# Re: [isabelle] arith tactic

Hi Rafal, thanks for the lemma. My understanding is that the arith tactic is able to handle the mod operator, provided that its second argument is a constant. In fact, after I sent off my original email, I was able to get arith to prove the lemma, with a bit of manual guidance:
```
lemma arith_example:
"[|(i::int) < (nb - 1) mod 256;
0 <= nb;
nb < 256;
0 <= i;
i < 256|]
==> i < (i + 1) mod 256"
apply (subst mod_pos_pos_trivial, auto)
by arith

In that proof script, this is the subgoal given to arith to solve:

"[|i < (nb - 1) mod 256;
0 <= nb;
nb < 256;
0 <= i;
i < 256|]
==> i < 255"

```
The arith tactic still needed to have understood the mod operator to have solved this subgoal.
```
```
The bigger issue is that we'll be encountering many, many subgoals like this in our projects here, most of which involve reasoning about machine arithmetic. So we're relying on arith to discharge them automatically and efficiently.
```
All the best,
-john

On Feb 14, 2006, at 11:06 PM, Rafal Kolanski wrote:

```
Should arith be able to pull this off? It looks like it's missing the ability to reason when "k mod n = k", even given the obvious. I was distracted and made this, it may be of some use to you:
```
lemma arith_example:
assumes
a: "(i::int) < (nb - 1) mod 256"
"0 <= nb"
"nb < 256"
"0 <= i"
"i < 256"
shows "i < (i + 1) mod 256"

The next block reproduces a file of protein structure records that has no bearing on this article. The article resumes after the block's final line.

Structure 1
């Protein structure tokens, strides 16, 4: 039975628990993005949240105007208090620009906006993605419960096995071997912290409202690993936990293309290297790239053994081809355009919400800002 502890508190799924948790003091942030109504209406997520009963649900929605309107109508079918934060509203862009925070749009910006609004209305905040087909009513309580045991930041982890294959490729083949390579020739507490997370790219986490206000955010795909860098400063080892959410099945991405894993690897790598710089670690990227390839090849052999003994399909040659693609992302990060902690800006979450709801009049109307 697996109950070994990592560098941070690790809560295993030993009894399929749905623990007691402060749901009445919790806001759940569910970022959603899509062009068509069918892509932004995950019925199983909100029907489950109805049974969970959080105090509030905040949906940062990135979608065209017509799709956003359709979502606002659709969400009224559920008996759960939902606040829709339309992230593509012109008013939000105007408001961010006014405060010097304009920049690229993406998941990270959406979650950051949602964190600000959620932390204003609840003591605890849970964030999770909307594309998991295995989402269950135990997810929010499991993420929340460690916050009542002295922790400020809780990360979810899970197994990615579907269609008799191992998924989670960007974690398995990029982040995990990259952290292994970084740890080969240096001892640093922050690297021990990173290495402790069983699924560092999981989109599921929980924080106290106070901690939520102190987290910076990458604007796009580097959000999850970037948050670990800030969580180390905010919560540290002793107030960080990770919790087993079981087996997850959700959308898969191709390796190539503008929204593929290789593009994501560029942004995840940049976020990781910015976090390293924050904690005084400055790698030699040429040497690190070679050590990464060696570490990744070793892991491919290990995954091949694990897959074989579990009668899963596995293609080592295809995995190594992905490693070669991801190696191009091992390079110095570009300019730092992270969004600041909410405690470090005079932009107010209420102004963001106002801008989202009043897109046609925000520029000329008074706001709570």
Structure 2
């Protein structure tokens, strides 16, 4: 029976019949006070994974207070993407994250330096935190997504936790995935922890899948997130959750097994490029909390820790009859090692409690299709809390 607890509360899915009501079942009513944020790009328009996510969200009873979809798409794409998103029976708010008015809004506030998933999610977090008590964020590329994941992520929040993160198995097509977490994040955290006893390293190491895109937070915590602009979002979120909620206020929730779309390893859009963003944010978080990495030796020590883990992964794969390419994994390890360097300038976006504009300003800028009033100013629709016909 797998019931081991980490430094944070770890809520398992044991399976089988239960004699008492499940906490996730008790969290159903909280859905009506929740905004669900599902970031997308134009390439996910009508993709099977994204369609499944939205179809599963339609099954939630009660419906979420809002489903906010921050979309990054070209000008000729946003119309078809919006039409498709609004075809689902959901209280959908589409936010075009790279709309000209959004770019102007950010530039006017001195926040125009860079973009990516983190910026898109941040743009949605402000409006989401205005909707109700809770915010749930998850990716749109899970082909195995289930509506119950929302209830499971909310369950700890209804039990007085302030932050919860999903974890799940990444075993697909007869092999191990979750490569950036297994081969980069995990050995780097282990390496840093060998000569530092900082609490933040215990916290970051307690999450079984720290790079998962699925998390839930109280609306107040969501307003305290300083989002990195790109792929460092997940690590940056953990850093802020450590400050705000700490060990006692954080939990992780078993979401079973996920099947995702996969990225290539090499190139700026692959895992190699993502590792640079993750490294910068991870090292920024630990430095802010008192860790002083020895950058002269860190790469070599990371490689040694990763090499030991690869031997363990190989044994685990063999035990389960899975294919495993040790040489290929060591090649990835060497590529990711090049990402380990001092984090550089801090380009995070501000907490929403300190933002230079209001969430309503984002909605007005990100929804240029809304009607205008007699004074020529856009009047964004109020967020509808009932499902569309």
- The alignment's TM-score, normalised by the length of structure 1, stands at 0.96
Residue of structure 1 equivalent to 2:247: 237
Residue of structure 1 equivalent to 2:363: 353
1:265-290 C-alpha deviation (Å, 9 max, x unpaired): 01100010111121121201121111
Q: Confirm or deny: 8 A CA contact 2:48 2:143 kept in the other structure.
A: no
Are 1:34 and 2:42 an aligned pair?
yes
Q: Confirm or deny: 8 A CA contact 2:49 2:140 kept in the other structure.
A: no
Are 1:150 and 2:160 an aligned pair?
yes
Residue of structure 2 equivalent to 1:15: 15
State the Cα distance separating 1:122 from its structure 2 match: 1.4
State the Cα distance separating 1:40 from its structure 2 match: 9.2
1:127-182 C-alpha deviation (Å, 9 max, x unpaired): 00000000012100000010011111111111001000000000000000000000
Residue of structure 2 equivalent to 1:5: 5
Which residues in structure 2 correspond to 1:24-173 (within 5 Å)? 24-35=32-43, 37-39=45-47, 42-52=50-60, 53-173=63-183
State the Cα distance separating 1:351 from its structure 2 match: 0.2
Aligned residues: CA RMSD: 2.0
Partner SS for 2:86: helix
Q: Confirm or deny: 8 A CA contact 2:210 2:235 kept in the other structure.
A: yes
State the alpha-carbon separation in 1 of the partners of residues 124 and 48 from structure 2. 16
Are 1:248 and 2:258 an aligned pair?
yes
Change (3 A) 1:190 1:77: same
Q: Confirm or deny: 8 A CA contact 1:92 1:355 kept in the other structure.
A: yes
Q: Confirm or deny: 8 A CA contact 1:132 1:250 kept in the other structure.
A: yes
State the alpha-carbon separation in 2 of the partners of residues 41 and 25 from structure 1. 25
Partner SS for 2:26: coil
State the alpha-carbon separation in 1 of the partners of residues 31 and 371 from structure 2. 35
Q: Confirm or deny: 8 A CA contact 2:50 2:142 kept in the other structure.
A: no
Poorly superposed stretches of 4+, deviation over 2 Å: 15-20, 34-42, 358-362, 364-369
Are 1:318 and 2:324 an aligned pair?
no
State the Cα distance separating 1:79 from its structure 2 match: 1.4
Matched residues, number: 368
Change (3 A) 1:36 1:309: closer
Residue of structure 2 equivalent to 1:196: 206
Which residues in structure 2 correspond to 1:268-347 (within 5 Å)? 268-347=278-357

proof -
{
assume c: "nb = 0"
with a have "(i + 1) mod 256 = i + 1"
by (subst mod_pos_pos_trivial) auto
hence ?thesis by simp
}
moreover {
assume c: "nb \<noteq> 0"
with a have lim1: "nb - 1 \<ge> 0" by simp
with a have "nb - 1 < 256" by simp
with lim1 have "(nb - 1) mod 256 = nb - 1"
by (subst mod_pos_pos_trivial) auto
with a lim1 have ?thesis
by (subst mod_pos_pos_trivial) auto
}
ultimately show ?thesis by (cases, auto)
qed

Regards,

Rafal Kolanski.

John Matthews wrote:
```
Hi, I've run into a problem using the arith tactic. I ran arith for over 15 minutes on the following subgoal, without success:
```lemma arith_example:
"[|(i::int) < (nb - 1) mod 256;
0 <= nb;
nb < 256;
0 <= i;
i < 256|]
==> i < (i + 1) mod 256"
apply arith
I'm running the Isabelle_08-Feb-2006 snapshot.
Thanks,
-john
```
```

```

This archive was generated by a fusion of Pipermail (Mailman edition) and MHonArc.